Report and pics from 2017’s last major motor show
Motor shows tend to have a theme. Frankfurt 2017 was all about long-term electric plans. Detroit 2017 had a mystery feel about it as we waited to see what effect Donald Trump’s appointment would have on the US car industry.
The 2017 Los Angeles show is different again in its curious absence of new car launches. The Honda stand was typical in highlighting a car that we’d already seen earlier in the year, the new CR-V. Still no sign of the European version – that’s expected to be at Geneva in March.
There were a few new cars, but many were reveals to the general public rather than genuinely never-seen-before cars. That’s because many carmakers are choosing to broadcast accurate new car images before show debuts, for example, Porsche with its Boxster GTS, Cayman GTS and Carrera T, and Jeep with its new Wrangler.
One all-new US-focused launch was for Subaru’s giant-Forester-alike Ascent SUV (not coming to the UK). Lexus showed its RX-L, a three-row RX with only six cup holders. The Ascent has 19.
Infiniti’s variable compression turbo engined QX50 generated some interest. It should help lift UK Infiniti sales when it goes on sale in late 2018. Mazda will be hoping for a similar boost from its updated Mazda 6, also on sale in late ’18. The exterior updates are low-key to say the least, but below-the-skin engineering changes to the chassis settings are designed to enhance handling and comfort.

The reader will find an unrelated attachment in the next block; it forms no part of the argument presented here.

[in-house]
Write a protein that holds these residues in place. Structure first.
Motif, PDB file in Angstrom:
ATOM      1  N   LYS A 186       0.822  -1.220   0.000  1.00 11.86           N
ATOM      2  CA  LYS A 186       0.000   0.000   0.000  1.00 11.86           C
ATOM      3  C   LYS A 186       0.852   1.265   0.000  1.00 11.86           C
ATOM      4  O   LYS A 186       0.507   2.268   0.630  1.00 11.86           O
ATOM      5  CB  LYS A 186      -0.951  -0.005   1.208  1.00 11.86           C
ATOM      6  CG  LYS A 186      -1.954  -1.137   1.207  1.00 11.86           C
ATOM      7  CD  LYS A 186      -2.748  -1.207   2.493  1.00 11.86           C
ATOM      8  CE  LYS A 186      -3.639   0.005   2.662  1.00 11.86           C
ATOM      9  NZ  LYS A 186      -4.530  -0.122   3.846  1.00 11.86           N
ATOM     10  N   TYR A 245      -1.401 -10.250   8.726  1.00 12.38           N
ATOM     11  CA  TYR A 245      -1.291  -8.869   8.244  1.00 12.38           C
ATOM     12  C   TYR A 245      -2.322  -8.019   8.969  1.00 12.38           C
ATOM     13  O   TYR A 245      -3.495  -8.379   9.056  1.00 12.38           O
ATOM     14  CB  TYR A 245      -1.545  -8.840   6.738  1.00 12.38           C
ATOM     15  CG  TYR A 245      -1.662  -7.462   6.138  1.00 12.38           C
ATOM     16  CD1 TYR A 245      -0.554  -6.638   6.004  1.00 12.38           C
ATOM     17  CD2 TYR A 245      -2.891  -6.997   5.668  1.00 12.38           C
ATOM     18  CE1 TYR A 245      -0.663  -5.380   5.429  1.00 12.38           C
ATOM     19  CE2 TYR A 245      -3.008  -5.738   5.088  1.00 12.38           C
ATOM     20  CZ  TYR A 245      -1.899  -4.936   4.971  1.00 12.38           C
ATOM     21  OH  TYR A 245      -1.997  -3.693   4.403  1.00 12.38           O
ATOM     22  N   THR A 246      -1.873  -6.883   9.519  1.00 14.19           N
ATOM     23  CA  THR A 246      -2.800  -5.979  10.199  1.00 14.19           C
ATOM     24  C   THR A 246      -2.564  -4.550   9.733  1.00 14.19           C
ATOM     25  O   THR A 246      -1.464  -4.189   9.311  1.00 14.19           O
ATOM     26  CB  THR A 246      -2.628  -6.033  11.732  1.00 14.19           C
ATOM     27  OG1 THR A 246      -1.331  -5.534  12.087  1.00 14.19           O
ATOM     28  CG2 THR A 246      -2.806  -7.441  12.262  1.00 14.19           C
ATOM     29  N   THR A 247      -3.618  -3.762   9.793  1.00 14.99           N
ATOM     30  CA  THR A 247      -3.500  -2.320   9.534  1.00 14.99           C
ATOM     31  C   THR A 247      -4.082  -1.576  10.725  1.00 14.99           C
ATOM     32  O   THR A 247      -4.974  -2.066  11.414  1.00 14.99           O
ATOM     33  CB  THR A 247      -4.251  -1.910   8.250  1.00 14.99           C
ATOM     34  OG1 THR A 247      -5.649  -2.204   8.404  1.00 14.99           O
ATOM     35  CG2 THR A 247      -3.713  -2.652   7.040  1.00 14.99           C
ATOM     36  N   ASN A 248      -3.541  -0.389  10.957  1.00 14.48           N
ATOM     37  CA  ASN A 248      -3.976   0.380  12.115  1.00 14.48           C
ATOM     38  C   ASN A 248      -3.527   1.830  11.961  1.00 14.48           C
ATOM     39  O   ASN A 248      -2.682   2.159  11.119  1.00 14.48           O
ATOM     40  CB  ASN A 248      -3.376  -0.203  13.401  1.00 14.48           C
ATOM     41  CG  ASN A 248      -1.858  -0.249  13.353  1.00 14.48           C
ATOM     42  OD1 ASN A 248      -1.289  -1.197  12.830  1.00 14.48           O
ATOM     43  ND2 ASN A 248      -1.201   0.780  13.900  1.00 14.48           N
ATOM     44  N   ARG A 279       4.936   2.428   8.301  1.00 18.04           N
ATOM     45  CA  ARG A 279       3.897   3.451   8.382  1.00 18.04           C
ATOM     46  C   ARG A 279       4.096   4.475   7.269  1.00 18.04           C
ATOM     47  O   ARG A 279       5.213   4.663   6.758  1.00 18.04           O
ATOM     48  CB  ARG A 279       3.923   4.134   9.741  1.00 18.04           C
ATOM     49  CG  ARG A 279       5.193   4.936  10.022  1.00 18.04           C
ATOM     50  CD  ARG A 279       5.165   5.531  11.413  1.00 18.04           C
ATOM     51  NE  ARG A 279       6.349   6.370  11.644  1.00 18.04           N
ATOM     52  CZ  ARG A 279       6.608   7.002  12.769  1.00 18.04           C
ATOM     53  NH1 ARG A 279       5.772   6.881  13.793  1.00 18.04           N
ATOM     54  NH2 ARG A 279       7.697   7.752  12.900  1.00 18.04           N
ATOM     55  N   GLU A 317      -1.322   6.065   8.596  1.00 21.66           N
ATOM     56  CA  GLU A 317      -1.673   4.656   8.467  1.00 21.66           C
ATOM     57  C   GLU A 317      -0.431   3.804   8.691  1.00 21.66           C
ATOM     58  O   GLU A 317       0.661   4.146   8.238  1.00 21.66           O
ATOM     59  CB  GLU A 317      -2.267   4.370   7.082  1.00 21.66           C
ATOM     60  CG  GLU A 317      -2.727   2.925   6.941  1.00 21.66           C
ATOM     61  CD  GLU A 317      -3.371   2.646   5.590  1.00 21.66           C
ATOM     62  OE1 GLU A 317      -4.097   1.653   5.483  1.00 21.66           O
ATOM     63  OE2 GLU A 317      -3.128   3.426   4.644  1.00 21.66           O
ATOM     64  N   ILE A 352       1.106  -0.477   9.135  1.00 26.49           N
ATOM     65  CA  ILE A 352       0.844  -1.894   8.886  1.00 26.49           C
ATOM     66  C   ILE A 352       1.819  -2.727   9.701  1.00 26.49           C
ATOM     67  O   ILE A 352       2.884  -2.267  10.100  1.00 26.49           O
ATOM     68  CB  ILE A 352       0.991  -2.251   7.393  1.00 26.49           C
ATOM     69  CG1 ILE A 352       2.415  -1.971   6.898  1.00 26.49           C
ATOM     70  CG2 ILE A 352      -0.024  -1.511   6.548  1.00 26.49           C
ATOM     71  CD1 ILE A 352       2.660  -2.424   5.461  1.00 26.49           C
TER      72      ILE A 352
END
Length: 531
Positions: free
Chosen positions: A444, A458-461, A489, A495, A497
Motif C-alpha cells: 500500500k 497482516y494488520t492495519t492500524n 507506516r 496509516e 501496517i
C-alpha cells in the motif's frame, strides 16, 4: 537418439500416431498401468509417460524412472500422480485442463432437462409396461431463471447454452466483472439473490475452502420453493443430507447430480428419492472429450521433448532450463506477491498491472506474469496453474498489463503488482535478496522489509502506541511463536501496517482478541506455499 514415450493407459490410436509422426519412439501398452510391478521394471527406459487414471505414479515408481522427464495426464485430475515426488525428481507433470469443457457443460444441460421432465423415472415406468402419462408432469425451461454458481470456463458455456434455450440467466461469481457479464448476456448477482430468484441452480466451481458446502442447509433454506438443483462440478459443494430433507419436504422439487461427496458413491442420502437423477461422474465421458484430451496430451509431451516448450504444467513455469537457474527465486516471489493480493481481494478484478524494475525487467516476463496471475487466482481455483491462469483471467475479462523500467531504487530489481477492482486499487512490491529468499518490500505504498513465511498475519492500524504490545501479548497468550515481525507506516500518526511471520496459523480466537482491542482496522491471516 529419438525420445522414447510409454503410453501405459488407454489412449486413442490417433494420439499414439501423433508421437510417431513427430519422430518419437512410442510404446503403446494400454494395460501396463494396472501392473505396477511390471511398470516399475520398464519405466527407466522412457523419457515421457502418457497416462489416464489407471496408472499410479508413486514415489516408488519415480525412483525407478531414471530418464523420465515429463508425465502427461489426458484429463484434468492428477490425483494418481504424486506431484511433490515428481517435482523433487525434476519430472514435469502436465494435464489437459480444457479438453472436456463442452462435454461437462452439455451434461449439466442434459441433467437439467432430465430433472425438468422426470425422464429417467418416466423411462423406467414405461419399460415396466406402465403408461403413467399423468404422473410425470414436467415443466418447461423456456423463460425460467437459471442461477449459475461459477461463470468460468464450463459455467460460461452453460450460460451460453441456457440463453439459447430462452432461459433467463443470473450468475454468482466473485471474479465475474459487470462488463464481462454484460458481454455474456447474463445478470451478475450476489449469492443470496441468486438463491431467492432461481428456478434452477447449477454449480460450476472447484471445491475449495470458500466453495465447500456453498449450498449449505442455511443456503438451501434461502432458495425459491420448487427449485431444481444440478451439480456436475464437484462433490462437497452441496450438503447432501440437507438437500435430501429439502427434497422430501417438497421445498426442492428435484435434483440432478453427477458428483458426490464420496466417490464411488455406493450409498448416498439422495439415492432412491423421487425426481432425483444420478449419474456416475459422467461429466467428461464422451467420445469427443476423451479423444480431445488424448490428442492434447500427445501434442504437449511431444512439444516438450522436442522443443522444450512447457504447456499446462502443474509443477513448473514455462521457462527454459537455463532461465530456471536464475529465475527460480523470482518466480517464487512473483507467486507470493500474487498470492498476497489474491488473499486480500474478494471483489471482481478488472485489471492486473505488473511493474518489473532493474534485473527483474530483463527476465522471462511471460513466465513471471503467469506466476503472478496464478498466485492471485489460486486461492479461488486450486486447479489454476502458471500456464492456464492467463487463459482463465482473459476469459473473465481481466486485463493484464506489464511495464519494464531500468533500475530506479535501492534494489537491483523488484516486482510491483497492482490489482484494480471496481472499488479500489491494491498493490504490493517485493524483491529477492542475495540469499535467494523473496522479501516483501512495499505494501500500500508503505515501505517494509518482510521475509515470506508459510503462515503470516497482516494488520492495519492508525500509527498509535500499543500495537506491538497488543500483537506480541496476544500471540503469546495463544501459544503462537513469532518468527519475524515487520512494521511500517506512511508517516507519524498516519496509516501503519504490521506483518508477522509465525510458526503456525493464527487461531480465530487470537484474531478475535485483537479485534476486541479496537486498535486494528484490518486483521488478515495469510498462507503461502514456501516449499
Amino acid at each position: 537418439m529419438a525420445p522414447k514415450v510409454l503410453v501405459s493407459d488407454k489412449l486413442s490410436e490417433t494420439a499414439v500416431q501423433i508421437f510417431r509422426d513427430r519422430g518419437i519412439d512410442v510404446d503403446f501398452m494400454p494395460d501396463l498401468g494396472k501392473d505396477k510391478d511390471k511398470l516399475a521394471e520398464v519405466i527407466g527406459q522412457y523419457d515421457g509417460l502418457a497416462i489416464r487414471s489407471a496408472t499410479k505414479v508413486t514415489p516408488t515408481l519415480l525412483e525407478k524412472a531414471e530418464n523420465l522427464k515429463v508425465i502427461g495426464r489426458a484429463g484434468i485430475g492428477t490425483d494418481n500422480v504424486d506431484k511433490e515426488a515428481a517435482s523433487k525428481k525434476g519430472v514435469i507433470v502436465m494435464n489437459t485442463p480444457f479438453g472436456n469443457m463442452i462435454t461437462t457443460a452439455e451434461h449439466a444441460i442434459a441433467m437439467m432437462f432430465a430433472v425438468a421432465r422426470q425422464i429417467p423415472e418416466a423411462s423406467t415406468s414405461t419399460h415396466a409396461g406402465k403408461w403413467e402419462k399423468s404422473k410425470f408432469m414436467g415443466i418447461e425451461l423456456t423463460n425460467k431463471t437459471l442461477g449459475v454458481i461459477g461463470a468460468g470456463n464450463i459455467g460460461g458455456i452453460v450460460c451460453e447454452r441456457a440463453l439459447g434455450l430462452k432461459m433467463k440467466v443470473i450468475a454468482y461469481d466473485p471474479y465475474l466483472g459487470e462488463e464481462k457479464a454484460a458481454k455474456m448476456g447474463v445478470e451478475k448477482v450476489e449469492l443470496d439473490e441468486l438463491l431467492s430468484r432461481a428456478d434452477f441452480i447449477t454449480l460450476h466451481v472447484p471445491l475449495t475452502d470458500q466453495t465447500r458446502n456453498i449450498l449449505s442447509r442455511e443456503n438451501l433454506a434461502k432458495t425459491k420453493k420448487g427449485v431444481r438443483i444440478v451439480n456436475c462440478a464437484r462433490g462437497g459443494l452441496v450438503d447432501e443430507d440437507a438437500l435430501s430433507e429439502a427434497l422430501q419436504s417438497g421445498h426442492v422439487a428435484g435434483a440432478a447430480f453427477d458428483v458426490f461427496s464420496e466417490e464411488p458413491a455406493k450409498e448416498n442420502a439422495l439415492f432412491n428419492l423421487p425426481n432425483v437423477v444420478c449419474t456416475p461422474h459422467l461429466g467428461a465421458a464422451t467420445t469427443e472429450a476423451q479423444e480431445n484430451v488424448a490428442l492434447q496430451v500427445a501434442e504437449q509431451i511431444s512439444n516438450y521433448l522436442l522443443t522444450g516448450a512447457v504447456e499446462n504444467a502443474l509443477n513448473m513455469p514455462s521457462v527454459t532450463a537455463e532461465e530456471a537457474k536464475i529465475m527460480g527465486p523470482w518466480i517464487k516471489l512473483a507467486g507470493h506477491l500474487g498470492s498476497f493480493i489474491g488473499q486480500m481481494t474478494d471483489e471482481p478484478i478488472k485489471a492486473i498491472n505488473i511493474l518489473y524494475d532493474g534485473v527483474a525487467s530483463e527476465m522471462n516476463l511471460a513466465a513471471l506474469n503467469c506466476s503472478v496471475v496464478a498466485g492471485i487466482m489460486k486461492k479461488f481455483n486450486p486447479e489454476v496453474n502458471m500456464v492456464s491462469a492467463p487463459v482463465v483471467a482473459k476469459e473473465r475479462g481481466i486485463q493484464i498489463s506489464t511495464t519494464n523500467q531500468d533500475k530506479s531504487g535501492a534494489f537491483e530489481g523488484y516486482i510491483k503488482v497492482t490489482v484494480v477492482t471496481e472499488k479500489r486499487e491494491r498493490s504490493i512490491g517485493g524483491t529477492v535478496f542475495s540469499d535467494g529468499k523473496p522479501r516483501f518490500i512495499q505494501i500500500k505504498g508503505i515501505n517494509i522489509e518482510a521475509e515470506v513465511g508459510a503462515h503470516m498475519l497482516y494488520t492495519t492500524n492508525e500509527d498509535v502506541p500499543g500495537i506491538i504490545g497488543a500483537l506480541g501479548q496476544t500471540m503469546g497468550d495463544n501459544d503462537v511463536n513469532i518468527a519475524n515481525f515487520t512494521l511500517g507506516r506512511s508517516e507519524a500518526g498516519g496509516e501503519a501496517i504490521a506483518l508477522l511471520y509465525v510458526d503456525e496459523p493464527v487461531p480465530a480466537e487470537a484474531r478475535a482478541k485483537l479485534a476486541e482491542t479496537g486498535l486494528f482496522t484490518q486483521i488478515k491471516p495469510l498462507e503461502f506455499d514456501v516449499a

Jaguar Land Rover’s presence at LA is very important as the US market is huge for them. Their stand featured a revised Range Rover as well as an I-Pace and an I-Pace racer, the idea being to keep the electric SUV in the public eye ahead of its 2018 showroom arrival.
American shows always include more than a few eye-popping exhibits. In the hip-hop blare of the Customs hall was an amazing 1923 Ford Model T and a bright yellow Galpin-modded new-model Aston Martin Vantage. Pickups were everywhere of course, notable examples being Toyota’s kayak-toter and GMC’s tracked All Mountain Concept.
Show highlights? We’d say there were three. Mercedes-Benz launched its CLS at LA because it was the timeliest show to do that and also because it’s seen as a “designer’s car”, thus fitting the company’s history of non-mainstream launches at Los Angeles.
BMW’s i8 Roadster is probably the ultimate California car. One, it’s electric, and two, it’s a convertible. It’s like a British summer in LA just now, and was approaching 100 degrees F in mid-November.
Last, but not least, there’s Chris Bangle’s Redspace. Set to be built by Chinese firm CHTC, this premium city vehicle is targeting the burgeoning Chinese millennial market. Bangle thinks production will have started by 2020, and foresees no major changes to the unique styling.
The next big show is Detroit in January. Expected to appear there are the new Mercedes G-Class, their petrol-hybrid CLS53, an Infiniti electric car, and a new Volkswagen Jetta – so already more new metal than LA…